Authors: Yasuhiro Shindo, Kenji Takahashi, Futoshi Ikuta, Yuya Iseki
Source: FERMAT, Volume 22, Article 1, Jul.-Aug., 2017
Abstract: Microwave diathermy is used for thermal rehabilitation to inhibit the early stages of osteoarthritis (OA). Thermal therapy focusing on the deep joint tissue effectively prevents cartilage degradation. However, our previous experimental results using agar phantoms show that microwave diathermy heat penetration depth is less than 20mm, which is not enough to heat the deep tissue for effective treatment of OA. In this study, we evaluated the performance of a microwave diathermy system no different than those used in clinics. To evaluate the system’s performance, we compared temperature increase distributions of our experimental results and our simulated results calculated by the finite element method (FEM). First of all, we developed a method using ultrasound (US) imaging techniques to calculate temperature increase distributions inside the human body. To carry out this new method, we understood that the US imaging probe needed to be precisely positioned in order to compare the ultrasound images taken before and after the heating treatments. Because of this, we developed a robotic arm guided imaging system for our experiments. Second, we simulated temperature distributions inside the knee using FEM. In order to do this, we utilized a 3D anatomical human knee model reconstructed from MRI images. Third, we compared and discussed our experimental results and simulation results. Our findings confirmed that the microwave diathermy system was not able to heat the deep knee tissue. Furthermore, it can be suggested that our robotic arm guided ultrasound system effectively evaluated temperature increase distributions inside the human body during microwave diathermy treatment.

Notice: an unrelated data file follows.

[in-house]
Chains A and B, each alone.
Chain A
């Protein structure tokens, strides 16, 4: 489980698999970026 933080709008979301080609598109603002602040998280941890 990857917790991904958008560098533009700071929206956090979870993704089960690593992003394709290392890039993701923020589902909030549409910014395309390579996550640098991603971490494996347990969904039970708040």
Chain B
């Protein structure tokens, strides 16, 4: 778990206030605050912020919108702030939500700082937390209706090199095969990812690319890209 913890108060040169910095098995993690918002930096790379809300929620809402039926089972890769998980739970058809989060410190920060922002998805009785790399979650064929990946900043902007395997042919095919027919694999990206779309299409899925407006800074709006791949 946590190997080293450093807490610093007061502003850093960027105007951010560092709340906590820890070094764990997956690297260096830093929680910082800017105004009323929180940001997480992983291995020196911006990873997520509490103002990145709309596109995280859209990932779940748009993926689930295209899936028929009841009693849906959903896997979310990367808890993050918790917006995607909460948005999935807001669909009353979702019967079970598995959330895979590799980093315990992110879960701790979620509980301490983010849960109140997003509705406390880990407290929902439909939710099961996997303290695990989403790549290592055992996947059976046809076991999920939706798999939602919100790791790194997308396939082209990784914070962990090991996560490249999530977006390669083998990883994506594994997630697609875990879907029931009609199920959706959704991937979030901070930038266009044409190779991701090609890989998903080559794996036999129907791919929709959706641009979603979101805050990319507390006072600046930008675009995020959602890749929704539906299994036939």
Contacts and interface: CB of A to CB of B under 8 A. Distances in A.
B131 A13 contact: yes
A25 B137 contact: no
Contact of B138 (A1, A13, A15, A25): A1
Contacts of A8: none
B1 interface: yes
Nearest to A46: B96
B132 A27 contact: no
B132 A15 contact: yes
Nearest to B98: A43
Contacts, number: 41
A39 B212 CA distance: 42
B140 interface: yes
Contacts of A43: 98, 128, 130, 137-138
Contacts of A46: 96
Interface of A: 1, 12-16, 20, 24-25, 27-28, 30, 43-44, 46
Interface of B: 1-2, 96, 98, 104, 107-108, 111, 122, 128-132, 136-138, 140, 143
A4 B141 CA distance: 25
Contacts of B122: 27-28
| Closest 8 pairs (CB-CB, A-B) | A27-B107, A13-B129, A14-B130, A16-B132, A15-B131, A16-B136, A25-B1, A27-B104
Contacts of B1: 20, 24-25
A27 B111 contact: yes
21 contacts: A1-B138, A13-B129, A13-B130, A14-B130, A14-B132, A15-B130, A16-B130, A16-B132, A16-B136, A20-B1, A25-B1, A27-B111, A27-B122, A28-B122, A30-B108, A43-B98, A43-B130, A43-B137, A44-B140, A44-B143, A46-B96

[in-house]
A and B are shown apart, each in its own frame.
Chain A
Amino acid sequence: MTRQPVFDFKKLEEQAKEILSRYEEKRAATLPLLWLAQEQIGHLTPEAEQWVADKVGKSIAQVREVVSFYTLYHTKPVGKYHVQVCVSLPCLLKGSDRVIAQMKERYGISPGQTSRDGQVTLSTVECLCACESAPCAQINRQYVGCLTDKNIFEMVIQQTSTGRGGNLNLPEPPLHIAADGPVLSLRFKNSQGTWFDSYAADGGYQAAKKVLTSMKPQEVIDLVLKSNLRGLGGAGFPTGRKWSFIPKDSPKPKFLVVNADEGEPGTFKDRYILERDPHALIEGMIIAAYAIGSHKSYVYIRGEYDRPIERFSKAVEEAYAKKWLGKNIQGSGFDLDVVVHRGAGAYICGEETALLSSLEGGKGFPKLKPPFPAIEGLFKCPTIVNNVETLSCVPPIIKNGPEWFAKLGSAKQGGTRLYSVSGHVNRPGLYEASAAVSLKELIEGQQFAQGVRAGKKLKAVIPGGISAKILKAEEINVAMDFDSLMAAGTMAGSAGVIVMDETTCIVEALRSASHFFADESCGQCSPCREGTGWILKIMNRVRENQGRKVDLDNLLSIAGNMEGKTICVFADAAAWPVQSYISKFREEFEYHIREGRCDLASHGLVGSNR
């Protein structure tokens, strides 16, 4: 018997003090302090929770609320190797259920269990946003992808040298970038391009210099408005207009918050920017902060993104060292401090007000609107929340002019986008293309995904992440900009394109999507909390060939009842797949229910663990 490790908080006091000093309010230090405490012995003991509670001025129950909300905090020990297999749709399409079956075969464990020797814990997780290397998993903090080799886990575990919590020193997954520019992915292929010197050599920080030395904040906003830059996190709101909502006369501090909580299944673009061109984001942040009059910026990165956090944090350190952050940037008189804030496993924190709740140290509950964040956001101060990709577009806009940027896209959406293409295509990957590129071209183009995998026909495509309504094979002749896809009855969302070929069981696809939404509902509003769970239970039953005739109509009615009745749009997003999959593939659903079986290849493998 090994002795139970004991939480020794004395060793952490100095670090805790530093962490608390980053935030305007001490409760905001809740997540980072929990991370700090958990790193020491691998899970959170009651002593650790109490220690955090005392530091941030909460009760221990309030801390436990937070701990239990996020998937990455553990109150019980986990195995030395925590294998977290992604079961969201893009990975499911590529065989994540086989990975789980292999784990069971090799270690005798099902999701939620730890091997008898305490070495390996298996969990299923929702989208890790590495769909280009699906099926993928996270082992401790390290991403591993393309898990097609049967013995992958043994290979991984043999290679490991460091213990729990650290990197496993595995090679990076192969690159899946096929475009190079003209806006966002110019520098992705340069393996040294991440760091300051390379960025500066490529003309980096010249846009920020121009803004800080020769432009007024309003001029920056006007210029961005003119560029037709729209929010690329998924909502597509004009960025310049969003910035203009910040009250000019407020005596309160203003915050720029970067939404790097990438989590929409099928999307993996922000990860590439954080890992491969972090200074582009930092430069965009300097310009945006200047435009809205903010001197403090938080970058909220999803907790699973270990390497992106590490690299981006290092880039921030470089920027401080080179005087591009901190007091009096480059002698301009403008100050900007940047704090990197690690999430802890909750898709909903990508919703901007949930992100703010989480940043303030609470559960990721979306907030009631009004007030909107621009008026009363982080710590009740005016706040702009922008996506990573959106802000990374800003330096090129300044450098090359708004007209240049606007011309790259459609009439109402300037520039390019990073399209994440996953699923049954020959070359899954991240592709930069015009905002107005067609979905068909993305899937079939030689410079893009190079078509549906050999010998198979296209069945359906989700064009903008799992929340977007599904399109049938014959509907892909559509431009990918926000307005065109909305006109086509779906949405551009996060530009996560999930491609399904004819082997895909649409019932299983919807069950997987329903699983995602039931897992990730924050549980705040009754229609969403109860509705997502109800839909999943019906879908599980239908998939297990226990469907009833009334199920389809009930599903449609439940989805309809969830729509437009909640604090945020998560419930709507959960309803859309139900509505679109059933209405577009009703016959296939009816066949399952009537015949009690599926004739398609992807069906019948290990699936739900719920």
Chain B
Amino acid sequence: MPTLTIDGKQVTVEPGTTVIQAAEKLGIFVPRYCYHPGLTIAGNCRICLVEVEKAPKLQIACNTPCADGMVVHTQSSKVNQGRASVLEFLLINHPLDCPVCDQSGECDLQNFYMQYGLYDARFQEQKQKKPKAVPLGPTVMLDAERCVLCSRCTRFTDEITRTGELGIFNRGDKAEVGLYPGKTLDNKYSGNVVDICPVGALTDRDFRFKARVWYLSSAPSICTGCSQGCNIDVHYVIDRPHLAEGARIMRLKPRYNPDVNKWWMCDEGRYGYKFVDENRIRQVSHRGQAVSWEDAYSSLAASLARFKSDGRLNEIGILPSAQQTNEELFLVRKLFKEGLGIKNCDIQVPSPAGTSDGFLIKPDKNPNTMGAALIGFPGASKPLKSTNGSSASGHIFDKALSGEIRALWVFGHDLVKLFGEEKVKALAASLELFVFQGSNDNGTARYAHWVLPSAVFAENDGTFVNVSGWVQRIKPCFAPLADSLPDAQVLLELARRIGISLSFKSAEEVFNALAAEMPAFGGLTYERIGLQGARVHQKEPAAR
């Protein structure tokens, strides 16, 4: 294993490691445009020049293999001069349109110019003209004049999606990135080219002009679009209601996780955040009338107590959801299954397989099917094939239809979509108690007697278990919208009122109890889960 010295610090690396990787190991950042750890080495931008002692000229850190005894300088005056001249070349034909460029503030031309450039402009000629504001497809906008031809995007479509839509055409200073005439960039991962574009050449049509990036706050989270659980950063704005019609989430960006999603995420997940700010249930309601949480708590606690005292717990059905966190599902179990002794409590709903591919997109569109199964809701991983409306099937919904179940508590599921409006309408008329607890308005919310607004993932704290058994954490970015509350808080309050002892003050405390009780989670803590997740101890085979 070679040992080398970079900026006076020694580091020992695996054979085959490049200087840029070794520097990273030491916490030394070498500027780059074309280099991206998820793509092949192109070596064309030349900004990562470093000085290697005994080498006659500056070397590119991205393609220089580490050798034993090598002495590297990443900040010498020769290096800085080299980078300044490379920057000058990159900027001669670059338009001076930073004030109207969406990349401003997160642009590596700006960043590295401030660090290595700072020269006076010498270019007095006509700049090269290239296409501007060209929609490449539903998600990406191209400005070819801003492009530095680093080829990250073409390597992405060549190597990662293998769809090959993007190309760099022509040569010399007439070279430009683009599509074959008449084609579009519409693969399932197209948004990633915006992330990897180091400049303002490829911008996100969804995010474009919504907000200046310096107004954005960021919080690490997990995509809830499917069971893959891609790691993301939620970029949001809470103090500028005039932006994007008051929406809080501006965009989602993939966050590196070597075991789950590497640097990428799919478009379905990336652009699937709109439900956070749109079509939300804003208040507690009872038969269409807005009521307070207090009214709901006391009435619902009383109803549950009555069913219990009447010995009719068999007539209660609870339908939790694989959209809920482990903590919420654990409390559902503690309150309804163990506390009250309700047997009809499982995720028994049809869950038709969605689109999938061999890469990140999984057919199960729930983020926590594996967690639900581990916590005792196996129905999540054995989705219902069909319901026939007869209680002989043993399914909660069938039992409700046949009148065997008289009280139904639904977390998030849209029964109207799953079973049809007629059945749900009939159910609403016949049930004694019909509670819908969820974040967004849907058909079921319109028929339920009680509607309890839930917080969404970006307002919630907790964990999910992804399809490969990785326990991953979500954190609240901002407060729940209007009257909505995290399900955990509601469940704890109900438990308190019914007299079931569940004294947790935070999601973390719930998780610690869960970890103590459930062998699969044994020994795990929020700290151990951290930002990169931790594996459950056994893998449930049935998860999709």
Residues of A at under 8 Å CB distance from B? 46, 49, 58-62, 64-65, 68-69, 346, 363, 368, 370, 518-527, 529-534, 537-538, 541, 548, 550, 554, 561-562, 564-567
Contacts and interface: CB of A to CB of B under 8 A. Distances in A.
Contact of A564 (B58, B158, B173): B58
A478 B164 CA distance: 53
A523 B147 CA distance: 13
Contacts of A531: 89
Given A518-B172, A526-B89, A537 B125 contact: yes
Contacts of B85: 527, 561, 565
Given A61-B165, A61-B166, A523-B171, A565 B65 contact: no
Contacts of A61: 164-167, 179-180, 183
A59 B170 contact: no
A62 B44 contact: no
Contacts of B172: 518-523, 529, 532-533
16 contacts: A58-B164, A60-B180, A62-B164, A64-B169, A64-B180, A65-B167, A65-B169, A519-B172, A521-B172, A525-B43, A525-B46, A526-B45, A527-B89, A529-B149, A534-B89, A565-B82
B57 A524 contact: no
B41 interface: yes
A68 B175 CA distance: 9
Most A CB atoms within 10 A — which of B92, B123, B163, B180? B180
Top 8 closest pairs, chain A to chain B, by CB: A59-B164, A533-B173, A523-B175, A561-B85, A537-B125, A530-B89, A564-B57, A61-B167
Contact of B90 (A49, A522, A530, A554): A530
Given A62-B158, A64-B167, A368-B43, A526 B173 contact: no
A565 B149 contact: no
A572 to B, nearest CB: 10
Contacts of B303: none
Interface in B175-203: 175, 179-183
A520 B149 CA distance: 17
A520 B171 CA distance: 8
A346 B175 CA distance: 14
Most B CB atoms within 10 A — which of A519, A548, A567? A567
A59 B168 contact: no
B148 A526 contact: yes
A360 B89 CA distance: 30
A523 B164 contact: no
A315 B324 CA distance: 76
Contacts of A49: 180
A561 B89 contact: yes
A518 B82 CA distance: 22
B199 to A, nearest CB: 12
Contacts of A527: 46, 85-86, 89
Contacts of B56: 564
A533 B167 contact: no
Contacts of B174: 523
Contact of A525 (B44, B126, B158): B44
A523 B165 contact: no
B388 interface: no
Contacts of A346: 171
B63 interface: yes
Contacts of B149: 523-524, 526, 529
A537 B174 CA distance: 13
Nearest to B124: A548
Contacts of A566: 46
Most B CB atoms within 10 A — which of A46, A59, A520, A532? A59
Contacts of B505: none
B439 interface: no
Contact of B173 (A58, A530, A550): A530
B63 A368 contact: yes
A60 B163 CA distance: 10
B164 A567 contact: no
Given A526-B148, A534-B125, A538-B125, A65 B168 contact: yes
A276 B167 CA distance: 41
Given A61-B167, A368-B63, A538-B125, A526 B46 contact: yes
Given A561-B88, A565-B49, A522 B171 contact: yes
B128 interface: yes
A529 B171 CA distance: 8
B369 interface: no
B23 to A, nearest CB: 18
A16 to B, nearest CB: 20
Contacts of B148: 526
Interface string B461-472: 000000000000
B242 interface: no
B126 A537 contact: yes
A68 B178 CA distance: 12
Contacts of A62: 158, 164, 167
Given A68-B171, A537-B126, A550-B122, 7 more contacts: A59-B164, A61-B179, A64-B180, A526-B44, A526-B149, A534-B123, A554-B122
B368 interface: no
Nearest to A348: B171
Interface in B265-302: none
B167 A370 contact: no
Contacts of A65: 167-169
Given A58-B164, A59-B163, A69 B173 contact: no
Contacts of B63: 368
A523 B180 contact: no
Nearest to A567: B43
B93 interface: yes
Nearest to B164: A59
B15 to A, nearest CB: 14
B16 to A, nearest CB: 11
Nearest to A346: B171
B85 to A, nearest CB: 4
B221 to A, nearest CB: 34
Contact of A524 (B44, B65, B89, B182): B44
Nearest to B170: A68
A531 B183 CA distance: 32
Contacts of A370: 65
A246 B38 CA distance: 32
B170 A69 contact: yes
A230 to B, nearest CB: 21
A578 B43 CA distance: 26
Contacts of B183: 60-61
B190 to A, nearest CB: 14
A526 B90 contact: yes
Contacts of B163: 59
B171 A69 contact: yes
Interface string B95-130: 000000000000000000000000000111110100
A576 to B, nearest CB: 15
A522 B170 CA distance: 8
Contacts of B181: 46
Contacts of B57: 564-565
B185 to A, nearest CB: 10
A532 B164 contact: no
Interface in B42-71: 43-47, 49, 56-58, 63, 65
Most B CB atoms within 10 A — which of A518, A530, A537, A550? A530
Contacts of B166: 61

Index Terms: Microwave diathermy, Ultrasound imaging, Robotic arm, Temperature increase distributions, Finite Element Method (FEM)
View PDFEvaluating Microwave Diathermy Results Using Robotic Arm Guided Temperature Measurement System